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U.S. government debt prices were slightly higher on Thursday as investors looked ahead to key employment data set for release Friday.
The yield on the benchmark 10-year Treasury notes sat slightly lower at 2.221 while the yield on the 30-year Treasury bond slipped to 2.797 percent. Bond yields move inversely to prices.
The U.S. Labor Department is scheduled to release its monthly jobs report. Economists polled by Reuters expect the U.S. economy to have added 183,000 jobs last month.
Leading up to Friday's data release, jobless claims came in at 240,000, just below the expected 242,000. U.S. employment data are a key metric for investors as they play a large role in the Federal Reserve's monetary policy decision making.
Other data released Thursday included the IHS Markit Services PMI Index hit 54.7 in July, which rose slightly from June. But the ISM nonmanufacturing index showed growth in the services sector slowed last month.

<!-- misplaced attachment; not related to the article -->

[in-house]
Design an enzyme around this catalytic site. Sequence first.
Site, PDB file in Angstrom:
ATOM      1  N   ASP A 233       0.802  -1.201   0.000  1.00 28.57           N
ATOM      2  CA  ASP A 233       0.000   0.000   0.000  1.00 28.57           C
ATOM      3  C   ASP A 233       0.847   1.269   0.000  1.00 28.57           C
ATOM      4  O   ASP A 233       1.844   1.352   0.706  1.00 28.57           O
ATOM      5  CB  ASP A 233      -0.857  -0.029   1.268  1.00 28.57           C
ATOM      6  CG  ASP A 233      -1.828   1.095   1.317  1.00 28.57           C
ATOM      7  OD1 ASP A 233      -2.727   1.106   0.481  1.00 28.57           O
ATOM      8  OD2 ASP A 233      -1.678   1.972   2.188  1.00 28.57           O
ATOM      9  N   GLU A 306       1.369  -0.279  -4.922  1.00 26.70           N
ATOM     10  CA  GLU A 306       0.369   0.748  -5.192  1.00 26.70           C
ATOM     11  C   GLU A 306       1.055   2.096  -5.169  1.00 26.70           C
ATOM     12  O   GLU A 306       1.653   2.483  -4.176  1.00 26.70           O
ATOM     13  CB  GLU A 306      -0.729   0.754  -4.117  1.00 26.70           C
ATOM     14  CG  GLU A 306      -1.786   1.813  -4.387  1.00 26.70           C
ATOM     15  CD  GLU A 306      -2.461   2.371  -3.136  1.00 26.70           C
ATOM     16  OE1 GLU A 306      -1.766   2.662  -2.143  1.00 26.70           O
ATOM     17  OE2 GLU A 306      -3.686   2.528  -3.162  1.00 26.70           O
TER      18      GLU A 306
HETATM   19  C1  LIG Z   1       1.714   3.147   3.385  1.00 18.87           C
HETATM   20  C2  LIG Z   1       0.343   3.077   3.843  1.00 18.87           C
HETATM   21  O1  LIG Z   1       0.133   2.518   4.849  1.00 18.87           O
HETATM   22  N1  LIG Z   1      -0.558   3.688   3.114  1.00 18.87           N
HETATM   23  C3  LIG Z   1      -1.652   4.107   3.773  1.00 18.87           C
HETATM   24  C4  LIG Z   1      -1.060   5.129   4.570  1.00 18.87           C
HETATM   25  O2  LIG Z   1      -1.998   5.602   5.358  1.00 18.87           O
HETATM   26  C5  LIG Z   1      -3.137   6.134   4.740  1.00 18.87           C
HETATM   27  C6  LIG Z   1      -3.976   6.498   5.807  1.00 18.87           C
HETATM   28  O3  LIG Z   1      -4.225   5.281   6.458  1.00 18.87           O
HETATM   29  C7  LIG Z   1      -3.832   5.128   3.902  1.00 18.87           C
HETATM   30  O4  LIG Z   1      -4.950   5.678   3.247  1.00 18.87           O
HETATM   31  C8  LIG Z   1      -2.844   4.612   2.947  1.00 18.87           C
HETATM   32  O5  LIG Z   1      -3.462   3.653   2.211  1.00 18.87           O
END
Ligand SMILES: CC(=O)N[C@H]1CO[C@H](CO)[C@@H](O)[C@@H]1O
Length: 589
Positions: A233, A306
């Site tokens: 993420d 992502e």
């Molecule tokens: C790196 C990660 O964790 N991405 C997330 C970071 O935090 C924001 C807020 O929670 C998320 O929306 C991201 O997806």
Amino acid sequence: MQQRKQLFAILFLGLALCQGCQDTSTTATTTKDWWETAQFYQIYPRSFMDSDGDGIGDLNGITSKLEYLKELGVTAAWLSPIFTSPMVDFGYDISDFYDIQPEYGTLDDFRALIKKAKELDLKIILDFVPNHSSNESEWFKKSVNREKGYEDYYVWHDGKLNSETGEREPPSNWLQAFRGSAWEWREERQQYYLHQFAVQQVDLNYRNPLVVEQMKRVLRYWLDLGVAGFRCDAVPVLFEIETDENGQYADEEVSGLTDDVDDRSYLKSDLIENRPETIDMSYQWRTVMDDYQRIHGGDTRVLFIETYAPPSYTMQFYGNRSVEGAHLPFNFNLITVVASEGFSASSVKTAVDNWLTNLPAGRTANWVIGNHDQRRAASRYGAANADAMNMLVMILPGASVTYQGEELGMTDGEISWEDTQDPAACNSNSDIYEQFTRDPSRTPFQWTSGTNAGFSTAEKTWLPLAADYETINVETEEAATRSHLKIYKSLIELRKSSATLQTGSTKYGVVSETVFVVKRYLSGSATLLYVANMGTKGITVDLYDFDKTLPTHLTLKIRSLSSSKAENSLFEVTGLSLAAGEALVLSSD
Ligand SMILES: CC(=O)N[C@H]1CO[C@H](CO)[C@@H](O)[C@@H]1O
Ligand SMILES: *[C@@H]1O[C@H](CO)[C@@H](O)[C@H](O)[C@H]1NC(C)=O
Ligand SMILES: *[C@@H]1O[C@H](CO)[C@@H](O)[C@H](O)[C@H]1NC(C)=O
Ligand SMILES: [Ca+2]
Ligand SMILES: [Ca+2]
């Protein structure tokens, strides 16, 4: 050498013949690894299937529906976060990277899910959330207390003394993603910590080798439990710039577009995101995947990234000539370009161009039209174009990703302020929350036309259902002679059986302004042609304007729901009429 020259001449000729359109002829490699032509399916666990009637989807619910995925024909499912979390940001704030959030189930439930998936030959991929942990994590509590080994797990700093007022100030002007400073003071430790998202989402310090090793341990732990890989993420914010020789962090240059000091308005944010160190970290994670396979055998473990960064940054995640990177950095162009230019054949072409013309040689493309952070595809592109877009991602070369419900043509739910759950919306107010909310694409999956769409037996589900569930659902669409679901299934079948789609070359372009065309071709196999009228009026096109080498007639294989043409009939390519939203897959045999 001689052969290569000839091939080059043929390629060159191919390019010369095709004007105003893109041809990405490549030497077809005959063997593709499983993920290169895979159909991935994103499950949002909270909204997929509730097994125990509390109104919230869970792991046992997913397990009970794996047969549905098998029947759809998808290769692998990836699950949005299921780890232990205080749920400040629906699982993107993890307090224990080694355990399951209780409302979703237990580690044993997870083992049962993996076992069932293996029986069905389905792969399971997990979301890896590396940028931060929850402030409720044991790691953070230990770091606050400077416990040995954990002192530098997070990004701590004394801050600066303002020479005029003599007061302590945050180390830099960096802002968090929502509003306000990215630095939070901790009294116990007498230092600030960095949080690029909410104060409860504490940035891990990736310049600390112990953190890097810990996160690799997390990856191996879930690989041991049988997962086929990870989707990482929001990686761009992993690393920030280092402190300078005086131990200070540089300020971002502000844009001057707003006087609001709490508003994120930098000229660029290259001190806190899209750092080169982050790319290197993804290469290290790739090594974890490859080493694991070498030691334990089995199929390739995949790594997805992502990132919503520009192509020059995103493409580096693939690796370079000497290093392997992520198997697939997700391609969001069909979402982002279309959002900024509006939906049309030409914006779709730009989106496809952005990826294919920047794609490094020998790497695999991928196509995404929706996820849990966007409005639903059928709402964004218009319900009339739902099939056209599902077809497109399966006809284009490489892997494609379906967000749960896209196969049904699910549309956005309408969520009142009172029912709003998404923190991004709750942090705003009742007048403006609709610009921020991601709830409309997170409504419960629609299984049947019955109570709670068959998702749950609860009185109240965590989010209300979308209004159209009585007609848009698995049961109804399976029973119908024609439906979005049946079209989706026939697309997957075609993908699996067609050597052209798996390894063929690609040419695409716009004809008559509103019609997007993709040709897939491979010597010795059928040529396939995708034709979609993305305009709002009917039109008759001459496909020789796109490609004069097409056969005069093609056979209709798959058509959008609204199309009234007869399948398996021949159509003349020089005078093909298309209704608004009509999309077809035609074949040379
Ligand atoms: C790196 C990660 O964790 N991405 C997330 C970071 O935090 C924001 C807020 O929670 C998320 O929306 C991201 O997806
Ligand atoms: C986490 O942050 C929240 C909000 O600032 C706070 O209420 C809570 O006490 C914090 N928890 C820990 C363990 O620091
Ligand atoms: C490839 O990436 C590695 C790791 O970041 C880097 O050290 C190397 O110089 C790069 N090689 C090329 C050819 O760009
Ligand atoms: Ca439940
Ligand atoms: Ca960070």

Treasury yields fell Wednesday after the Treasury Department said will borrow $96 billion in the third quarter and has begun to consider how it will increase debt issuance later in the year to make up for a future decline in Federal Reserve bond purchases. It gave no further immediate information on its consideration of introducing ultra-long bonds.
In Washington, Robert Mueller, the special counsel overseeing the Russia investigation, impaneled a grand jury in Washington, The Wall Street Journal reported Thursday. The move means the probe is intensifying and could drag on for many more months to come. Following the Journal's report, bonds yields ticked lower.
"I would argue maybe this has been percolating a little bit," said Aaron Kohli, fixed income strategist at BMO.
"We're definitely going out on the lows in terms of yield. That's because of uncertainty and if this news was known earlier, it probably explains the moves we had earlier today."
In oil markets, Brent was trading lower at $51.93 and WTI at $48.94. Data out on Wednesday showed U.S. crude, gasoline and diesel inventories down in the last week as demand for gasoline hit a new high.
—Reuters contributed to this report.